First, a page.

The other thing that pleased Parkin about the Sowetan review was that it was written by a man, and she had thought the book, with its female, cake-baking protagonist, would appeal more to women.

But ultimately, Parkin says she is hoping to wake readers — men and women — to the reality that is Rwanda — not a deep, dark hole in the middle of Africa, but a country where people celebrate, party and mourn. Just like anywhere else.

review: baking cakes in kigali

Baking Cakes in Kigali

Gaile Parkin

Atlantic Books

GAILE Parkin’s central character, Tanzanian Angel Tungaraza, is in Kigali because her husband Pius is teaching there on a contract. With them are their five orphaned grandchildren — both Angel and Pius’s son and daughter have been victims in one way and another of the Aids pandemic sweeping Africa. Angel, an undeniable busybody, keeps herself busy by making cakes for various clients — for their weddings, birthdays, parties and all kinds of anniversaries. And along with the sponge and brightly coloured icing, she dispenses her wisdom, encouraging reconciliation Rwandan style and helping to heal the devastated city and its people.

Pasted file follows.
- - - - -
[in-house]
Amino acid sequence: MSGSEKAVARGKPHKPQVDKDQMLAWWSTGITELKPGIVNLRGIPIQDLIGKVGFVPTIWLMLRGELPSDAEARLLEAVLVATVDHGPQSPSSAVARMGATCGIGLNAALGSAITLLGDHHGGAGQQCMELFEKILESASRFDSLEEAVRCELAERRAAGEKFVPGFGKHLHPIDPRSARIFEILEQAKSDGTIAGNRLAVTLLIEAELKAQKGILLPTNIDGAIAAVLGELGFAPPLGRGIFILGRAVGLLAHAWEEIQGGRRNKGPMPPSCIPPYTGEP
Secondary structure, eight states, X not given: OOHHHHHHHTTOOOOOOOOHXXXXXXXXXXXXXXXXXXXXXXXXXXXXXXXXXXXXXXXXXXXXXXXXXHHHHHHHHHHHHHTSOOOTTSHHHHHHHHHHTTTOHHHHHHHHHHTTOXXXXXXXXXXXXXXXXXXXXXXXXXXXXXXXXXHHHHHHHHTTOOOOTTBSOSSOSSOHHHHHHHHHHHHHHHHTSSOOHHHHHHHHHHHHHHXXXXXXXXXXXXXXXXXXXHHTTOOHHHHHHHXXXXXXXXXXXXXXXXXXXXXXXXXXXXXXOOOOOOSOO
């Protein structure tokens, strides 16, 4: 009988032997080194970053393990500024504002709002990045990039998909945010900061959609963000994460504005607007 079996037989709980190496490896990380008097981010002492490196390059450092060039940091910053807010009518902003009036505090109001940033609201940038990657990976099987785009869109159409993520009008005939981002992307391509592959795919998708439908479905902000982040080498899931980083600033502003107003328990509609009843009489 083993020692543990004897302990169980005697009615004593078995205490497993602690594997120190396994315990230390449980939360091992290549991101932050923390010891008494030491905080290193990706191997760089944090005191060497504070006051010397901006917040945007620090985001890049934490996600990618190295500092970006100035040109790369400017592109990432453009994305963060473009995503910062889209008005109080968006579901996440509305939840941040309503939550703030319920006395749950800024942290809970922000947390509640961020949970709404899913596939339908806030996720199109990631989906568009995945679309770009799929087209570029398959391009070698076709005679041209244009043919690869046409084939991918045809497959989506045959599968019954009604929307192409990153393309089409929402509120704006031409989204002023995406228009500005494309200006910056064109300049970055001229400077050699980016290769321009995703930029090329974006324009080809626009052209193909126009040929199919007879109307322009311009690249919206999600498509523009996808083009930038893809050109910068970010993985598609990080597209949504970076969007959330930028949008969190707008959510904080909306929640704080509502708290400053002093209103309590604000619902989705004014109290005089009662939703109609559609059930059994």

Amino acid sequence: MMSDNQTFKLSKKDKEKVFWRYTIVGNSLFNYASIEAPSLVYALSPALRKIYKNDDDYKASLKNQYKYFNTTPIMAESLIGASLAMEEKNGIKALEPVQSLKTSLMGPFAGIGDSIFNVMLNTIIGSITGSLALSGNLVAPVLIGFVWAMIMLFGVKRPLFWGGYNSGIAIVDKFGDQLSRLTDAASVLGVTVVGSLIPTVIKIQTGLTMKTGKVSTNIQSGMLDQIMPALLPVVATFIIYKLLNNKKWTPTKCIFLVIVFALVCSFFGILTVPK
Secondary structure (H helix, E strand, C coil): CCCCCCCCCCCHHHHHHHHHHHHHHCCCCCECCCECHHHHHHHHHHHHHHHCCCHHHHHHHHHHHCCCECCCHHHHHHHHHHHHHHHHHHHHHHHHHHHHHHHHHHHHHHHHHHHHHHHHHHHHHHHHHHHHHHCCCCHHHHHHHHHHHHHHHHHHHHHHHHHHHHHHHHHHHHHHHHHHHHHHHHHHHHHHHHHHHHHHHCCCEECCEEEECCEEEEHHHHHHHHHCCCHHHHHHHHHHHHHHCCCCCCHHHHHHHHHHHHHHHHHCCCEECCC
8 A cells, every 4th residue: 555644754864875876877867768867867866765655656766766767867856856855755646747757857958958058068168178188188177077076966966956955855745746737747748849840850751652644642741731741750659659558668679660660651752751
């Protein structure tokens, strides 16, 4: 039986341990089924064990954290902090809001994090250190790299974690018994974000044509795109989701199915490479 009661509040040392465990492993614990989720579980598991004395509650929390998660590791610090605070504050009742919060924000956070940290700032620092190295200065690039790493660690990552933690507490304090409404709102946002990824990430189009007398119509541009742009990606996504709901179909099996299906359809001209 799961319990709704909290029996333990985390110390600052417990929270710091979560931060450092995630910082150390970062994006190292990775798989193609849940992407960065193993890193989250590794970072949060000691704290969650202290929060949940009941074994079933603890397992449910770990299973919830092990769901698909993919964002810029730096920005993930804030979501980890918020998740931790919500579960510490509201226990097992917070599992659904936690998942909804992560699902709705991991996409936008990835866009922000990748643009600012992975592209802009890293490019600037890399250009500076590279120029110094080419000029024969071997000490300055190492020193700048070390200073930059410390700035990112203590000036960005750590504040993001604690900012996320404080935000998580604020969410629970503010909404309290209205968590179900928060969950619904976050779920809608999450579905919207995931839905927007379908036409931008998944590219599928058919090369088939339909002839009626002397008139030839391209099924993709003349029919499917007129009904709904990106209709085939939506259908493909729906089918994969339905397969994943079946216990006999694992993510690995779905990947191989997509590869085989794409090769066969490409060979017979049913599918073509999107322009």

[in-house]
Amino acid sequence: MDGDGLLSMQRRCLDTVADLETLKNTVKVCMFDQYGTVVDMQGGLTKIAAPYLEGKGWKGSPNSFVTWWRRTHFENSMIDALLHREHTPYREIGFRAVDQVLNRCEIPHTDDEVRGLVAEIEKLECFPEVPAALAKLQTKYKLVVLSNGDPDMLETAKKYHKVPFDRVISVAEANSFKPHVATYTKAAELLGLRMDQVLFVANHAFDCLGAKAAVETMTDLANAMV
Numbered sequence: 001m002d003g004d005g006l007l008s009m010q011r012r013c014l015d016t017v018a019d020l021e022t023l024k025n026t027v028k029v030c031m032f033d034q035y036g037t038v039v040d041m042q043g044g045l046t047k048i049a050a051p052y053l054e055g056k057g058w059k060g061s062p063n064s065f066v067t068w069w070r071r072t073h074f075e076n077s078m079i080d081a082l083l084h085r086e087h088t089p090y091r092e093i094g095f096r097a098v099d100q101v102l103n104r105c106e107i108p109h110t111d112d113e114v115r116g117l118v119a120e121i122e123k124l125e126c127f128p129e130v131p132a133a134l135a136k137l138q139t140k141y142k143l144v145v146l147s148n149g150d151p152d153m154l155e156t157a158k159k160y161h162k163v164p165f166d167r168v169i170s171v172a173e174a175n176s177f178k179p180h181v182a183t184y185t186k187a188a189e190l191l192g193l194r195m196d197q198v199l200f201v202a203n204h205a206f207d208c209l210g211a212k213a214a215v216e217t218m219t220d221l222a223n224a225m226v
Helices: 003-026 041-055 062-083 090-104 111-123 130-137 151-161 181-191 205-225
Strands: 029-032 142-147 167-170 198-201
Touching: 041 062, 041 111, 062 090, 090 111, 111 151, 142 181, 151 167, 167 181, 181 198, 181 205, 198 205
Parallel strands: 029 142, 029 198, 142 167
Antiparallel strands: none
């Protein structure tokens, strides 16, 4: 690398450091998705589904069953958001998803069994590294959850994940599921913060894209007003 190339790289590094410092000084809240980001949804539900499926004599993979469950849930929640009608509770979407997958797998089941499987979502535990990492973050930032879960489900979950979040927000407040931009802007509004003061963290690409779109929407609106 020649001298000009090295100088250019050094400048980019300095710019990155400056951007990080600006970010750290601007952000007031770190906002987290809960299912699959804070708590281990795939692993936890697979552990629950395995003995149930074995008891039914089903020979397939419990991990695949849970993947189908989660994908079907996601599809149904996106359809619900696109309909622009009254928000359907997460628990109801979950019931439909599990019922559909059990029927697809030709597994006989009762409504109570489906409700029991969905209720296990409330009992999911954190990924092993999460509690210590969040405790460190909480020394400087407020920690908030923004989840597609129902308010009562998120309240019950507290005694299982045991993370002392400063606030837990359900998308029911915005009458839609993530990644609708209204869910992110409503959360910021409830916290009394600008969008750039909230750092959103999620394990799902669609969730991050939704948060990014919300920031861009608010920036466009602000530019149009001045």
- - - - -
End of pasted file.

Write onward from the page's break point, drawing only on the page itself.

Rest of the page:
I would imagine this is a book that will be popular with the book club market; it is entertaining, readable and has charm. Perhaps, particularly as it nears the end, it tends too much towards the didactic. But good news from Africa, even if fictional, is a sufficiently rare commodity to be very welcome, and Parkin’s debut novel is upbeat and amusing while not hiding the fact that it is set in a place that saw the most devastating genocide of the late 20th century and still has to deal with the aftermath, and with other issues.

It is impossible to escape the fact that Angel has more than a few similarities to McCall Smith’s Precious Ramotswe, the main ones being earthy common sense and a passion for tea — cardamom-flavoured in Angel’s case, which leads to one of the funniest scenes in the book. However, Parkin escapes McCall Smith’s endearing but questionable cosiness by making some of the less palatable aspects of life in Africa — specifically in Rwanda — central to her writing. It makes Baking Cakes in Kigali an impressive debut.

Margaret von Klemperer